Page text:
Campus News 2010-11

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Employers Increase On-Campus Recruitment

Prepared with resumes in hand, a student talks with a potential employer during Career Fair. Photo by Jennifer A. Cline.Forty employers visited campus in 2010-11 to recruit students for full-time jobs and internships, a 29 percent increase from the previous year. Five hundred seventy students participated, up 16 percent from the prior year. In other recruitment venues, the Penn College Career Hub, where employers seeking to hire Penn College alumni post job openings, most recently had 1,454 job postings, 475 active employer accounts and 1,064 active student accounts, while Career Fairs hosted 2,013 students and 257 employers.

Career Services offered the first-ever Part-Time Job Fair, which was designed for students to talk with employers interested in hiring for part-time or seasonal positions. Three hundred students attended; 18 employers participated, and more than 100 jobs were offered.

New Masonry Building Opens

The Construction Masonry Buiilding was dedicated Aug. 16. Photo by Cindy Davis Meixel.The Construction Masonry Building, on the northwest side of campus at Vine Avenue and Grier Street, was designed, and construction was completed, for Fall 2011 use. The building includes needed amenities and additional square footage to provide exceptional masonry education. The new building incorporates air cleaners and filters, level floors, tool-storage lockers, a mortar mixing area, and more student work stations.

The former masonry labs, located in the Carl Building Technologies Center, were reconfigured and reconstructed for use as renewable energy labs. The rededicated space will house a solar thermal lab, a wind turbine lab, a solar photovoltaic lab and a renewable energy control and monitoring lab. In addition, the building automation and heating, ventilation and air conditioning majors will also use lab space due to increased enrollment opportunities.

Out-of-State & Transfer Enrollment Increases

In Fall 2010, Penn College expanded its out-of-state enrollment to 11 percent of the total population, representing more than 650 students from 36 states. The college has increased the number of students transferring from other colleges and universities by 13.3 percent since 2008-09.

College Makes Top 10 in U.S. News Ranking

The Roger and Peggy Madigan Library. Photo by Whitnie-rae Mays.Penn College achieved Top 10 status among the best public, four-year colleges in the northern region of the United States. In the “America’s Best Colleges” rankings by the U.S. News Media Group, Penn College ranked ninth (tied with University of Pittsburgh-Bradford and Vermont Technical College) in the category of “Top Public Schools: Regional Colleges (North).”

College Prepares Future Employees for Natural Gas Jobs

In addition to training more than 2,600 nondegree students in various natural gas-related topics in 2010-11, the Marcellus Shale Education & Training Center broke ground for a Natural Gas Applied Technology and Safety Training Center on the Schneebeli Earth Science Center campus. MSETC, a partnership between Penn College and Penn State Cooperative Extension, also published natural gas workforce needs assessments for both southwestern Pennsylvania and the state as a whole.

In year one of a three-year National Science Foundation Advanced Technological Education grant – titled “Natural Gas Technician Education Partnership” – the college modified five credit courses, developed three elective courses and delivered dual-enrollment courses in Penn College majors associated with Marcellus Shale natural gas careers to 12 secondary schools in 14 counties, with an enrollment of 188 high school students.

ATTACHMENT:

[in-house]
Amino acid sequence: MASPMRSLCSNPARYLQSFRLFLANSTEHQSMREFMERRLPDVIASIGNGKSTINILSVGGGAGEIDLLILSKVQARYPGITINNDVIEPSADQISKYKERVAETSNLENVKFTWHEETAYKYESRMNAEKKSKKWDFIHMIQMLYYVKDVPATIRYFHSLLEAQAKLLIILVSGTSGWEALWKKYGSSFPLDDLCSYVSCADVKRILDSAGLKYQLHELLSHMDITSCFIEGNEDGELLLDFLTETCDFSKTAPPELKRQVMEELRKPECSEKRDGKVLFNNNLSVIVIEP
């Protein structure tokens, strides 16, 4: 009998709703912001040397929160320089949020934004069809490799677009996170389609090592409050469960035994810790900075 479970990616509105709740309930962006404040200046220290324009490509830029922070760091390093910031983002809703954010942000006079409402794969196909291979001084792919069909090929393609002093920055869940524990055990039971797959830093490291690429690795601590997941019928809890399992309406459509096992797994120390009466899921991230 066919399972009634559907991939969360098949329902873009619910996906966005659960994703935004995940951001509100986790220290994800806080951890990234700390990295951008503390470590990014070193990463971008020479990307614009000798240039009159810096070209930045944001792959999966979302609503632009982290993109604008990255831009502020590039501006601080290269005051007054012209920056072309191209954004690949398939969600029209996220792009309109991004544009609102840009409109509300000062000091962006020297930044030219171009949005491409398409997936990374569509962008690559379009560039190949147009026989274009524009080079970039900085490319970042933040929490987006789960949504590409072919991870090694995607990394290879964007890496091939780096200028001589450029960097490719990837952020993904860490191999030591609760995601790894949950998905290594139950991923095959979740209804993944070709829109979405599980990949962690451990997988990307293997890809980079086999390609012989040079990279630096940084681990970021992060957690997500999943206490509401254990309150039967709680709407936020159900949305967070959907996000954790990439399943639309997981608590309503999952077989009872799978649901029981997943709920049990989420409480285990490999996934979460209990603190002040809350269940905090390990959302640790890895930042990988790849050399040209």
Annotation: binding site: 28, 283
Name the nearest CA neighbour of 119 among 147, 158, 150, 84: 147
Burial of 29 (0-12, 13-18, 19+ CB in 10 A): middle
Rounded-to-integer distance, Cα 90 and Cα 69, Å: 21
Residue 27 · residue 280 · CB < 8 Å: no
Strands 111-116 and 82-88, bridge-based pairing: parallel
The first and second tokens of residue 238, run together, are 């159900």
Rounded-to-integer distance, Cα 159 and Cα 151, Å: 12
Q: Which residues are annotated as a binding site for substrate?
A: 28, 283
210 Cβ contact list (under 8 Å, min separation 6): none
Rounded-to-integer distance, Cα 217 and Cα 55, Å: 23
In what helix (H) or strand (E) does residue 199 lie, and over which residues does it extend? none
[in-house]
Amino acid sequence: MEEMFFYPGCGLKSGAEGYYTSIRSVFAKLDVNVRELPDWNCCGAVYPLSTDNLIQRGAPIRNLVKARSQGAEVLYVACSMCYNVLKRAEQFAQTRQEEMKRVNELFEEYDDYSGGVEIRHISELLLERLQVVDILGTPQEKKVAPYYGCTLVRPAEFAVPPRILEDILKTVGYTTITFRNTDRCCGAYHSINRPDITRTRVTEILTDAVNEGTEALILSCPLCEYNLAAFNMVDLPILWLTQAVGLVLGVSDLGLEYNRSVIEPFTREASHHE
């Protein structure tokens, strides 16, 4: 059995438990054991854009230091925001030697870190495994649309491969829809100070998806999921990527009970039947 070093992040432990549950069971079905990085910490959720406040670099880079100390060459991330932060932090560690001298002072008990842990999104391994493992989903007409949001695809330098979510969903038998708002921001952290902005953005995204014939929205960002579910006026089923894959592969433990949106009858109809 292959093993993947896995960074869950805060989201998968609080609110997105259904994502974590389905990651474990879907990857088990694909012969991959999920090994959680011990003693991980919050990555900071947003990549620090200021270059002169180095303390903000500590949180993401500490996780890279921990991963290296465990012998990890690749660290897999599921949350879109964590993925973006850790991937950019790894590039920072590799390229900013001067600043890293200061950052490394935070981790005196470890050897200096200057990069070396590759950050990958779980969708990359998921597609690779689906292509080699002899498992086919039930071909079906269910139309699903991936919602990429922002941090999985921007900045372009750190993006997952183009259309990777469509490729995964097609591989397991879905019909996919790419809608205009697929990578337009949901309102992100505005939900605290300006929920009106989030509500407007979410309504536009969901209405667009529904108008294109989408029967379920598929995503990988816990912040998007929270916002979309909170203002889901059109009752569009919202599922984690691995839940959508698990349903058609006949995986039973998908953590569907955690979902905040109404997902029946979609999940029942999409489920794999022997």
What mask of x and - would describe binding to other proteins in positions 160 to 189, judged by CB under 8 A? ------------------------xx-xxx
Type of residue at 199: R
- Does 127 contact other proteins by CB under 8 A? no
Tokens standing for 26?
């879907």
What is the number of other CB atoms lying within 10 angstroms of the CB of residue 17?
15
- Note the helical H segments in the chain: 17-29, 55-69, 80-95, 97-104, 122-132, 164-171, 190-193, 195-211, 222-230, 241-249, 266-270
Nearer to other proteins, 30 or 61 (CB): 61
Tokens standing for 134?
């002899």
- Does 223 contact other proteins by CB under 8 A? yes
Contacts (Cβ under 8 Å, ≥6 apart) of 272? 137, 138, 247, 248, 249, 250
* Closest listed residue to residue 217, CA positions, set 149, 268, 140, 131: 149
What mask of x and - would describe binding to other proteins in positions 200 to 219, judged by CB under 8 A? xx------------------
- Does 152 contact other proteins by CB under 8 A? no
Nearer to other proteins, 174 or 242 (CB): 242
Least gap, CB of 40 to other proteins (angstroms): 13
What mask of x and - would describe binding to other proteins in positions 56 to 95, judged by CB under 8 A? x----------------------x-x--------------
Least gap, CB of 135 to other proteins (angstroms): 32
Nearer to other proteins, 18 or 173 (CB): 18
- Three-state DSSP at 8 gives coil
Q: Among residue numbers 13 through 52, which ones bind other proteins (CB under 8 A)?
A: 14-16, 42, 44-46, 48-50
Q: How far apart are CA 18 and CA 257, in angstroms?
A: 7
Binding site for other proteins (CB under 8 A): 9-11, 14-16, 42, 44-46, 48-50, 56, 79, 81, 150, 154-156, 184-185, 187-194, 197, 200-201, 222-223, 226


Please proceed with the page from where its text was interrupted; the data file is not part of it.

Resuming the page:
More about industry connections

Penn College and the Plastics SourceNET hosted a two-day Plastics Symposium, which included sessions on sustainability, industry and university collaboration, advances in plastics processing, as well as industry and educational exhibits.

Penn College is taking the lead on conducting an economic impact study for Little League International.

Veterans Recognized

Donald R. Zerbe, receiving a bachelor's degree in technology management, is among 36 veterans who petitioned to graduate in Spring 2011. He is congratulated by college President Davie Jane Gilmour and Board of Directors Chairman Robert Dunham, right. Photo by Joseph S. Yoder.In recognition of their service, red-white-and-blue honor cords were added to the caps, gowns, stoles and other academic regalia worn by veterans at commencement, beginning with the Class of 2011. Penn College was selected for inclusion in the 2011 list of “Military Friendly Schools,” issued by G.I. Jobs.

The designation is reserved for the top 15 percent of colleges, universities and trade schools that do the most to “embrace America’s veterans as students,” according to the publication.

In 2010-11, 344 Penn College students identified themselves as veterans, compared with 281 in 2009-10. Nearly one-third of those students (101 individuals) earned medals for their service. They include three recipients of the Purple Heart, five Bronze Star recipients, 76 who earned the Iraq Service Medal and 17 who earned the Afghanistan Service Medal.

Archer Gets Ink in SI

Archer Danny Wido. Photo by Jami L. Hughes, coordinator of intercollegiate athletics/sports information.Penn College archer Danny Wido was featured in Sports Illustrated’s “Faces in the Crowd.” The magazine’s April 4 issue included a short biography of Wido after he won his fourth men’s compound title at the U.S. Collegiate Archery national indoor championships. The magazine also mentioned Wido’s September 2010 individual silver and team gold medal wins at the World University Archery Championships in China.

More sports news:

  • Penn College teams had a .734 conference winning percentage and .570 overall winning percentage.